We continued our
testing with Futuremark's PCMark2002 benchmarking suite.
Keep in mind, that like other synthetic benchmarks, it's
difficult to translate PCMark2002 scores into "real world"
performance. However, because it is very easy for end
users and our readers to run as a reference point, and
produces repeatable, comparable results, PCMark2002 has
become a staple here in the H.H. labs.
Synthetic CPU and Memory Bandwidth Testing
PCMark2002's "CPU" and "Memory" performance modules on all
three of the test systems, again with the CPU clocked at
its default speed of 3.0GHz (15 x 200MHz). The CPU
module incorporates the following tests:
performance module gives an ever so slight edge to the MSI
board, with the DFI and Chaintech boards coming in second
and third place, respectively. At less than 1%
performance deltas seen here fall well within the "margin
of error" for this test. For all intent and
purposes, these scores are identical.
Memory Test Technical
details: (Quote Taken From Futuremark)
Raw read, write, and read-modify-write operations are
performed starting from a 3072 kilobytes array decreasing
in size to 1536 KB, 384 KB, 48 KB and finally 6 KB. Each
size of block is tested two second and the amount of
accessed data is given as result. In the STL container
test a list of 116 byte elements is constructed and sorted
by an integer pseudo-random key. The list is then iterated
through as many times as possible for 2 seconds and the
total size of the accessed elements is given as result.
There are 6 runs of this test, with 24576 items in the
largest run corresponding to a total data amount of 1536
KB, decreasing in size to 12288 items (768 KB), 6144 items
(384 KB), 1536 items (96 KB), 768 items (48 KB) and 96
items in the smallest run corresponding to 6 KB of total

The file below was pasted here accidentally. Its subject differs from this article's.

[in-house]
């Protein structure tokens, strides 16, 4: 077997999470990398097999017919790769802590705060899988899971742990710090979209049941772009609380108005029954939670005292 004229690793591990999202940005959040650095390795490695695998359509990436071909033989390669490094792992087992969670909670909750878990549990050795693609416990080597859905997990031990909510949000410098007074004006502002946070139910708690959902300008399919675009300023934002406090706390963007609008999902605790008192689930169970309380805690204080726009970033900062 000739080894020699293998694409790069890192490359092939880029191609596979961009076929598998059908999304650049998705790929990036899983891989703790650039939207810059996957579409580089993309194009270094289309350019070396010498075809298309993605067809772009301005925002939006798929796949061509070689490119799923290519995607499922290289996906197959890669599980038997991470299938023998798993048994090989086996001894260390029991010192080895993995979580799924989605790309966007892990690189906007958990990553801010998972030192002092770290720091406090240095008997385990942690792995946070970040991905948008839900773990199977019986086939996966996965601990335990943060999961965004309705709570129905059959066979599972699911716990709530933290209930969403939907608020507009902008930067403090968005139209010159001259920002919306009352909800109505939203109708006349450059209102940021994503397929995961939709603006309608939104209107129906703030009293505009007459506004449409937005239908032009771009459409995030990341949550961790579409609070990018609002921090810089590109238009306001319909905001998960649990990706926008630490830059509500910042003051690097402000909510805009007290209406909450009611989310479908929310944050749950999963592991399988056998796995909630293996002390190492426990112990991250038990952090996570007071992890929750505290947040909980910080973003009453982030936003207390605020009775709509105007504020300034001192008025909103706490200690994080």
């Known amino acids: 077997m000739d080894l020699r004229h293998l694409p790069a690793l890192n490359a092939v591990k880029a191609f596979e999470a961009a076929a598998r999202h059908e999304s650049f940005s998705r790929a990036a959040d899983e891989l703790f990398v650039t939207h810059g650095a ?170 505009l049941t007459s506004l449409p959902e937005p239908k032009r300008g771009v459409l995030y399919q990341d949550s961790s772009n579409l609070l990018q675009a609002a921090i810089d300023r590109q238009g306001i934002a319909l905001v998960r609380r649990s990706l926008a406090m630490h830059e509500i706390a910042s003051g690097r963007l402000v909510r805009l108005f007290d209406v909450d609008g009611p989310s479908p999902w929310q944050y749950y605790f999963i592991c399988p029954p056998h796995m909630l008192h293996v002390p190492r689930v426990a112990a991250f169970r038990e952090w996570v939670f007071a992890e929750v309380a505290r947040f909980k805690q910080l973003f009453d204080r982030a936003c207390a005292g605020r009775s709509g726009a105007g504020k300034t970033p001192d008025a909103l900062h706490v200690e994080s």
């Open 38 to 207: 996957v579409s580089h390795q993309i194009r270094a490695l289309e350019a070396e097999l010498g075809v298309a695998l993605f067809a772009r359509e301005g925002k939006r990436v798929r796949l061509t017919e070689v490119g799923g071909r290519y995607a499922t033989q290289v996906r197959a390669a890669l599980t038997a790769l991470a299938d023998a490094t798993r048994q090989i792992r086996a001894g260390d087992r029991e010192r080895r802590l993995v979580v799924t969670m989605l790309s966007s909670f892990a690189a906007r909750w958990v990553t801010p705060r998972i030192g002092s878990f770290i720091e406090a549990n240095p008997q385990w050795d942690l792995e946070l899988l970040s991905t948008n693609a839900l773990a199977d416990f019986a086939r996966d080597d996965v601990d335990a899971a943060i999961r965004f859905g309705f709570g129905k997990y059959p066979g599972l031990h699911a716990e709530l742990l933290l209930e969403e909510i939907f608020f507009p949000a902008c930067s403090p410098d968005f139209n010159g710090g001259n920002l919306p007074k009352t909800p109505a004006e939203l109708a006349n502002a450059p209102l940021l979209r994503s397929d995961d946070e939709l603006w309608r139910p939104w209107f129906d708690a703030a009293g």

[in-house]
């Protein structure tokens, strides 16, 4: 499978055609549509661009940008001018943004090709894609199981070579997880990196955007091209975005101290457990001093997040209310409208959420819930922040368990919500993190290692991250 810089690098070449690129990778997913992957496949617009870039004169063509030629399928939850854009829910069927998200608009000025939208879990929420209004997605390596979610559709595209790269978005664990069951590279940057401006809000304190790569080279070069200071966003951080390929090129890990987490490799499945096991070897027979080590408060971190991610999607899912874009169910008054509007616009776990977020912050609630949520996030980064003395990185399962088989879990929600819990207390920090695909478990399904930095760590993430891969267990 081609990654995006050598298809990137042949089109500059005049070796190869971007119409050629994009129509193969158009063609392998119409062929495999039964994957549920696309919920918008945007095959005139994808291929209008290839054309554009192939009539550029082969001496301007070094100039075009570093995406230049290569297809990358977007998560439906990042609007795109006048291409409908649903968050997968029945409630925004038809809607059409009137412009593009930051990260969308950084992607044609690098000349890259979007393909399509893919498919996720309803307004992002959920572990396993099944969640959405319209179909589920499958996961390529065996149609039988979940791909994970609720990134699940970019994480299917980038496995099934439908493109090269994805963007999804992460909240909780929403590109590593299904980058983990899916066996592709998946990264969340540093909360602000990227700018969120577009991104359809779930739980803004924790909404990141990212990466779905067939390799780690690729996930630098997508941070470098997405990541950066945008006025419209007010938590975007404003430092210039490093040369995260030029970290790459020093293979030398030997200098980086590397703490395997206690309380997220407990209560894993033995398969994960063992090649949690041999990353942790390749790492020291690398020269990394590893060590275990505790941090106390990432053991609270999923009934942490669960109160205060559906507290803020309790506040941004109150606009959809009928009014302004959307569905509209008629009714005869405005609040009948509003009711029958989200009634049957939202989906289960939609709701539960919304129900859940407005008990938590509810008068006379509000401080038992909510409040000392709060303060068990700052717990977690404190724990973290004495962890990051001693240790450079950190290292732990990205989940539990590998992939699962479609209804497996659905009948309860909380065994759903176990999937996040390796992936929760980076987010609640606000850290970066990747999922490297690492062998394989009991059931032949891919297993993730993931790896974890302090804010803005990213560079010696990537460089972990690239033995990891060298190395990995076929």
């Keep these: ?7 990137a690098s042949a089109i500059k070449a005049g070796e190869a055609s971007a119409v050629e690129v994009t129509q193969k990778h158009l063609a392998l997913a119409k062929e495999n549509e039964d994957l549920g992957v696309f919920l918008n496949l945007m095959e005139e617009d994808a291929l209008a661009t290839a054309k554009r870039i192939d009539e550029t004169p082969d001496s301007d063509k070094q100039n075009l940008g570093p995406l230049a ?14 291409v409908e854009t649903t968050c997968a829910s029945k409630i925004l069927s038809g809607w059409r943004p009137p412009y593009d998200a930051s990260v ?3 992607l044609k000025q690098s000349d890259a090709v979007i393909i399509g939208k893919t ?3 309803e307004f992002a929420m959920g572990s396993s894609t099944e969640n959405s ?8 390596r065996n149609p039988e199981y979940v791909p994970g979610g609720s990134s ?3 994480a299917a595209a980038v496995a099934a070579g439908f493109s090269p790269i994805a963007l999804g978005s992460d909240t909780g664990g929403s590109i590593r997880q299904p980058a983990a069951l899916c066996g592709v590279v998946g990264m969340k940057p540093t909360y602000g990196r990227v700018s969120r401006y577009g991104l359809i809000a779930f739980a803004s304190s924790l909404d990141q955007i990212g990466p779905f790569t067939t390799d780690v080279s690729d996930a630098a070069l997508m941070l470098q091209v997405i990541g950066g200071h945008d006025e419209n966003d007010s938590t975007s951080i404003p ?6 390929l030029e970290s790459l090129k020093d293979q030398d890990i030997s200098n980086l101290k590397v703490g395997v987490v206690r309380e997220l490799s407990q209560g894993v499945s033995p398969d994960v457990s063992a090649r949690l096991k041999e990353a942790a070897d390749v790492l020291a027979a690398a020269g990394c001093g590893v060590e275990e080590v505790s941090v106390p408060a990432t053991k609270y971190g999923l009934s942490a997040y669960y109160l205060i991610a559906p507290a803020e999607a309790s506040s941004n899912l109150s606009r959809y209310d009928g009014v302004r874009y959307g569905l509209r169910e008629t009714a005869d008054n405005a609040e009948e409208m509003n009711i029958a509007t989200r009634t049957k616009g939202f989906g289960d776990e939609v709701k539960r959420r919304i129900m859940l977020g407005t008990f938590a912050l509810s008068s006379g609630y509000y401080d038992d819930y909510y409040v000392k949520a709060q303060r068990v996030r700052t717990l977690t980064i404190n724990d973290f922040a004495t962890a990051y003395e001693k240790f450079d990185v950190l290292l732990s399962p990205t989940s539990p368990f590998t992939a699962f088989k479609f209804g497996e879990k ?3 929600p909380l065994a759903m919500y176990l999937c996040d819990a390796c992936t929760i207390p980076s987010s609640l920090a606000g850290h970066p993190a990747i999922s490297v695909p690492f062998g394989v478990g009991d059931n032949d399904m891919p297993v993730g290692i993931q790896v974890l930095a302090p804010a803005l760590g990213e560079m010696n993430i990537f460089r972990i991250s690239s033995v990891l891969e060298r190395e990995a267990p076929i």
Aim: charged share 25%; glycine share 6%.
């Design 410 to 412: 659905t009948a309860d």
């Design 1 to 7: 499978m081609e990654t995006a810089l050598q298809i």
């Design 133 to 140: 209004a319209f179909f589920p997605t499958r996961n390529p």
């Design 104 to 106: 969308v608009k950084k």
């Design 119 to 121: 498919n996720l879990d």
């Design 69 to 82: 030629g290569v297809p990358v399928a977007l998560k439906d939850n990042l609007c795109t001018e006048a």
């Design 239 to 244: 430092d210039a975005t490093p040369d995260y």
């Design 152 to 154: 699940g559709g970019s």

We saw larger performance
deltas between the three boards using PCMark2002's memory
performance module, but they were still small enough to be
considered insignificant. Once again, we see the
875P-Neo FIS2R coming out on top, with the Chaintech and
DFI boards falling just behind MSI's offering. The
189 point difference in performance separating the
875P Neo-FIS2R and the LANPARTY Pro875 equates to just
over 2%, which is nothing to get overly excited about.
Let's move on...
Business & Content Creation Winstones
Simulated Application Performance
To test "Real
World" application performance, we used eTesting Labs'
Business and Content Creation Winstone 2002 benchmarks.
We'll directly quote ZD's eTestingLabs website for an
explanation as to how Business Winstone 2002 derives its
score. (Content Creation Winstone 2002 uses the same
process, but the scripted activities are comprised of
different, more bandwidth hungry applications.):
"Business Winstone is a system-level, application-based
benchmark that measures a PC's overall performance when
running today's top-selling Windows-based 32-bit
applications on Windows 98, Windows 2000 (SP2 or later),
Windows Me, or Windows XP. Business Winstone doesn't mimic
what these packages do; it runs real applications through
a series of scripted activities and uses the time a PC
takes to complete those activities to produce its
Microsoft Office 2002 applications
(Access, Excel, FrontPage, PowerPoint, and Word)
Microsoft Project 2000
Macromedia Director 8.5
Macromedia Dreamweaver UltraDev 4
Microsoft Windows Media Encoder 7.01.00.3055
Netscape Navigator 6/6.01
Foundry Sound Forge 5.0c (build 184)
Unfortunately, the performance
picture didn't get any clearer after running the Winstone
tests. The MSI 875P Neo-FIS2R continued its winning
ways, but again the lead it held over the other boards
wasn't large enough to have any real world value.
The Business Winstone benchmark, which is basically CPU
and Hard Drive limited, shows a .4 point performance variance
between the first and third place boards. The
Content Creation tests were even closer, with a <1%
difference separating the three boards.
Comanche 4, Q3, Xmpeg &